Pattee, H. H. (2012). Causation, control, and the evolution of complexity. In LAWS, LANGUAGE and LIFE (Vol. 7, pp. 261–274). Dordrecht: Springer Netherlands.

Petto, A. J., & Mead, L. S. (2008). Misconceptions about the evolution of complexity. Evolution: Education and Outreach, 1(4), 505–508.

Pietarinen, A.-V. J. (2012). Peirce and deacon on the meaning and evolution of language. In T. Schilhab, F. Stjernfelt, & T. Deacon (eds.), The symbolic species evolved (Vol. 6, pp. 65–80). Dordrecht: Springer Netherlands.

Pontarotti, P. (Ed.). (2017). Evolutionary biology: self/nonself evolution, species and complex traits evolution, methods and concepts. Cham: Springer International Publishing.

Psillos, S. (2001). Is structural realism possible? Philosophy of science, 68(S3), S13–S24.

Psillos, S., & service), P. C. (Online. (2009). Knowing the structure of nature: essays on realism and explanation. Basingstoke: Palgrave Macmillan.

Psilos, S. (2005). Is structural realism the best of both worlds?*. dialectica, 49(1), 15–46.

Read, D., & Andersson, C. (2019). Cultural complexity and complexity evolution. Adaptive behavior, 105971231882229.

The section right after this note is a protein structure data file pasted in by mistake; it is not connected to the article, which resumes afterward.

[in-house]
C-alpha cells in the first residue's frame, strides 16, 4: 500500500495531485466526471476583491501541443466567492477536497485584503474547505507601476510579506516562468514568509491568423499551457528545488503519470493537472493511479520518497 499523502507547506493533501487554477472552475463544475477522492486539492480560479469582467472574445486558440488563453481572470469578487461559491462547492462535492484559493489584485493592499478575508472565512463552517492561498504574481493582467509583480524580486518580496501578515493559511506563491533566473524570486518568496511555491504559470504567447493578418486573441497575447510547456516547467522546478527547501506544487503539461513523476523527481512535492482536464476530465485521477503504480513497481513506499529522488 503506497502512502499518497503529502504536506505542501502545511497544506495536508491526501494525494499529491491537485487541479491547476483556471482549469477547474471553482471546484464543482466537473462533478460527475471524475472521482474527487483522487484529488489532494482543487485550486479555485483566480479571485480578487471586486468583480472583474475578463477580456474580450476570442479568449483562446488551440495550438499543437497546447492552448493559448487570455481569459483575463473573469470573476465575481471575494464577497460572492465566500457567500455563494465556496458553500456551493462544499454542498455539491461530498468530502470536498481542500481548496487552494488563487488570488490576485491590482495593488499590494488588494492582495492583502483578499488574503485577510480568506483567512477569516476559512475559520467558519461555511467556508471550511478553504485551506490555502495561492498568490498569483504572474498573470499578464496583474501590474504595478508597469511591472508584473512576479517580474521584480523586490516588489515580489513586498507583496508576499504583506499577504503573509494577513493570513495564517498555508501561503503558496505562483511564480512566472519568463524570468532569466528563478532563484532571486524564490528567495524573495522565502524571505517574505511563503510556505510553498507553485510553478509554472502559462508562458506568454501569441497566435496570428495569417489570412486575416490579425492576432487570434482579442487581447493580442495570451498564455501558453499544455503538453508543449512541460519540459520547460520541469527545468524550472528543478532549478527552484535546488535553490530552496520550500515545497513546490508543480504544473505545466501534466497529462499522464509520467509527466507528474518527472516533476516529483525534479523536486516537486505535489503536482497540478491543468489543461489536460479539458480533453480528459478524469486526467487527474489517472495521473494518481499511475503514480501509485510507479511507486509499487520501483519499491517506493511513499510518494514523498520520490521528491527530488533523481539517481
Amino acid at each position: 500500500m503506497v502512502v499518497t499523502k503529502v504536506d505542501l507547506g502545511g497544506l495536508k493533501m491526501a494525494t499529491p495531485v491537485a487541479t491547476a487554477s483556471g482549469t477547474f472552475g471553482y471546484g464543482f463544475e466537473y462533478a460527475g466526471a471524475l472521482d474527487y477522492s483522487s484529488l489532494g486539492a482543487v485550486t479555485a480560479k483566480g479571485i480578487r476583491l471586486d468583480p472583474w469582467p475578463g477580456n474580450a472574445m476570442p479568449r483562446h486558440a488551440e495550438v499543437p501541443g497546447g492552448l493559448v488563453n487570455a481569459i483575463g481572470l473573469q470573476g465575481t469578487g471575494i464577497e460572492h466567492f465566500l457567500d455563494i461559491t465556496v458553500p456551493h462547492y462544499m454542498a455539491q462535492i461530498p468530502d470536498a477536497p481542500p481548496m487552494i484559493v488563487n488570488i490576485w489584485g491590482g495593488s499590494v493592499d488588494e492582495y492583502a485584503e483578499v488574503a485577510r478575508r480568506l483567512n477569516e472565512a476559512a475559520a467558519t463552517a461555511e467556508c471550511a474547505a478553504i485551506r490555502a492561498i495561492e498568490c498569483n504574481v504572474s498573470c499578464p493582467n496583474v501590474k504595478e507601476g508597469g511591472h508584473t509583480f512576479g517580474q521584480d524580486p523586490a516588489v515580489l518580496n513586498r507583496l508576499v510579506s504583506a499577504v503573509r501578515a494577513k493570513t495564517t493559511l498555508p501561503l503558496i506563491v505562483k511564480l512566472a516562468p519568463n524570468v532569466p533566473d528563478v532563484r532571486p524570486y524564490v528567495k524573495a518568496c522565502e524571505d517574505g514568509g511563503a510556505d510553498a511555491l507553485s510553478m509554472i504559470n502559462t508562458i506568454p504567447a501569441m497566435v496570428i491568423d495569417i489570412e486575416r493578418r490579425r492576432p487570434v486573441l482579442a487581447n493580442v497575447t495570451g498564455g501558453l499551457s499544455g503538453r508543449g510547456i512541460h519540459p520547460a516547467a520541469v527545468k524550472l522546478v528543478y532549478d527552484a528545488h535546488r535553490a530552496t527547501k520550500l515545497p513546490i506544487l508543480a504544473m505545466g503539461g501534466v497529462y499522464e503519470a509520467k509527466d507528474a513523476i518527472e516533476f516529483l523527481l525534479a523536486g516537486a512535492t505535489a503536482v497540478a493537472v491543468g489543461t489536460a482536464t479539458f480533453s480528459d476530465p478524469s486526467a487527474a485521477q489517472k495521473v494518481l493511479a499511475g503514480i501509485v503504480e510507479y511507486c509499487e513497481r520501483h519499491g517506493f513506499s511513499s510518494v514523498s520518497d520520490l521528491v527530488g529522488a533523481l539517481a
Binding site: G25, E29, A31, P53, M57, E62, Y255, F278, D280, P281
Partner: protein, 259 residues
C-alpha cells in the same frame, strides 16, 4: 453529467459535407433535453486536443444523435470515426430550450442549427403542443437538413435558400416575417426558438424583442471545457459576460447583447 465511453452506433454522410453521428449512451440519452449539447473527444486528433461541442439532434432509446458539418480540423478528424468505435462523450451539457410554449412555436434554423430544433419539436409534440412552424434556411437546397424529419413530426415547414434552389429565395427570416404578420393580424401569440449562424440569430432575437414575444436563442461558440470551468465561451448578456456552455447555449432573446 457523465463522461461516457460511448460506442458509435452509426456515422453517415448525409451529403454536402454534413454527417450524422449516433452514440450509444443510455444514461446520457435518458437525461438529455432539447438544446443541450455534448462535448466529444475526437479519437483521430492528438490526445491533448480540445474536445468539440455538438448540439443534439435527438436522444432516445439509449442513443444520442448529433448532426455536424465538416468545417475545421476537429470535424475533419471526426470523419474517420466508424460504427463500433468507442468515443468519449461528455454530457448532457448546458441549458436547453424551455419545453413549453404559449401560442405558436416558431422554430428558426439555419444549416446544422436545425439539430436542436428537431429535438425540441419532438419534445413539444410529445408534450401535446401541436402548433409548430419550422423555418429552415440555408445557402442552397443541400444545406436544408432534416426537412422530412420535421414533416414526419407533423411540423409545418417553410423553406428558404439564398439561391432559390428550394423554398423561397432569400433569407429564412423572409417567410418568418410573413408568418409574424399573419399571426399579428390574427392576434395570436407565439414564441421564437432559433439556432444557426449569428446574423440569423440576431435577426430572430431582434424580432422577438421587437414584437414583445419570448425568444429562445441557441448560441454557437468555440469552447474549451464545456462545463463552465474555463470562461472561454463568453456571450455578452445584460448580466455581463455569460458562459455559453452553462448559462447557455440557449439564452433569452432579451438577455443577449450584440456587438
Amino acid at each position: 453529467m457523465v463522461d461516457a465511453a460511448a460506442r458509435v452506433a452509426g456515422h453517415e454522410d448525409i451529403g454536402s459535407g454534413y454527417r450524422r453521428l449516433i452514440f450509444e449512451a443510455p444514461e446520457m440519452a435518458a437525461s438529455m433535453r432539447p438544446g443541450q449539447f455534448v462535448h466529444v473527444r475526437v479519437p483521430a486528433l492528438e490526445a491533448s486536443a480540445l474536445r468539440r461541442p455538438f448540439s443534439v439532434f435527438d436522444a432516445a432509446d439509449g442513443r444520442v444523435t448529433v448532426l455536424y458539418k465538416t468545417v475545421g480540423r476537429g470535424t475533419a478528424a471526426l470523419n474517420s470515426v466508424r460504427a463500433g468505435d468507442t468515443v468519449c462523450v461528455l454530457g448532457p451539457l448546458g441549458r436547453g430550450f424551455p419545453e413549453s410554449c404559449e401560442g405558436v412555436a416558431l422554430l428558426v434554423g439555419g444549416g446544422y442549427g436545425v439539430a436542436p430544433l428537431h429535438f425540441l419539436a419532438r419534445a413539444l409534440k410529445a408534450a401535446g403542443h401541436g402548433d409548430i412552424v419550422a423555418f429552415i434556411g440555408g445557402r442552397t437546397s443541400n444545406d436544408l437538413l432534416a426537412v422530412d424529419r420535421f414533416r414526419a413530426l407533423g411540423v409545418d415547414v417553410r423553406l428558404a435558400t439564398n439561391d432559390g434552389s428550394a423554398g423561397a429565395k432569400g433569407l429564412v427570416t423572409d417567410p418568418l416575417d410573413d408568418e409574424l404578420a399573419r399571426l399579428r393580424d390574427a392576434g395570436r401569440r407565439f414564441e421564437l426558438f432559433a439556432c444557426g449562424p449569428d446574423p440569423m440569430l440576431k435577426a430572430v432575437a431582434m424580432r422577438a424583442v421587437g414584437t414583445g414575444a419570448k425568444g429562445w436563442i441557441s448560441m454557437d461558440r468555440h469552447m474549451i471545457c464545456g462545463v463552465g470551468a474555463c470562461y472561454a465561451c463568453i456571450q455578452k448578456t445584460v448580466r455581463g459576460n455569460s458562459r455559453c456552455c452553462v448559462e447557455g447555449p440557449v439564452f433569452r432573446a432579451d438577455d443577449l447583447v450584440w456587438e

Saatsi, J. (2010). Whence ontological structural realism? In M. Suárez, M. Dorato, & M. Rédei (eds.), EPSA epistemology and methodology of science (pp. 255–265). Dordrecht: Springer Netherlands.

Sagawa, T., & Ueda, M. (2009). Minimal energy cost for thermodynamic information processing: measurement and information erasure. Physical Review Letters, 102(25), 250602.

Saunders, S. (2003). Structural Realism, again. Synthese, 136(1), 127–133.

Schmidt, M. (2010). Causation and structural realism. Organon F.

Shannon, C. E. (2001). A mathematical theory of communication. ACM SIGMOBILE Mobile Computing and Communications Review, 5(1), 3.

Structural realism. (2016). In A critical introduction to scientific realism. Bloomsbury Academic.

Takeuchi, N., & Hogeweg, P. (2008). Evolution of complexity in RNA-like replicator systems. Biology Direct, 3, 11.

Votsis, I. (2012). How not to be a realist. In E. Landry & D. Rickles (eds.), Structural Realism (Vol. 77, pp. 59–76). Dordrecht: Springer Netherlands.

Wang, W. (2008). A critical analysis of structural realism. Frontiers of Philosophy in China, 3(2), 294–306.

Weaver, W. (1949). Recent contributions to the mathematical theory of communication. In The mathematical theory of communication.

Wu, K., & Nan, Q. (2019). Information Characteristics, Processes, and Mechanisms of Self-Organization Evolution. Complexity, 2019, 1–9.

Yaeger, L. S. (2014). Evolution of complexity and neural topologies. In M. Prokopenko (ed.), Guided Self-Organization: Inception (Vol. 9, pp. 415–454). Berlin, Heidelberg: Springer Berlin Heidelberg.

48 views0 comments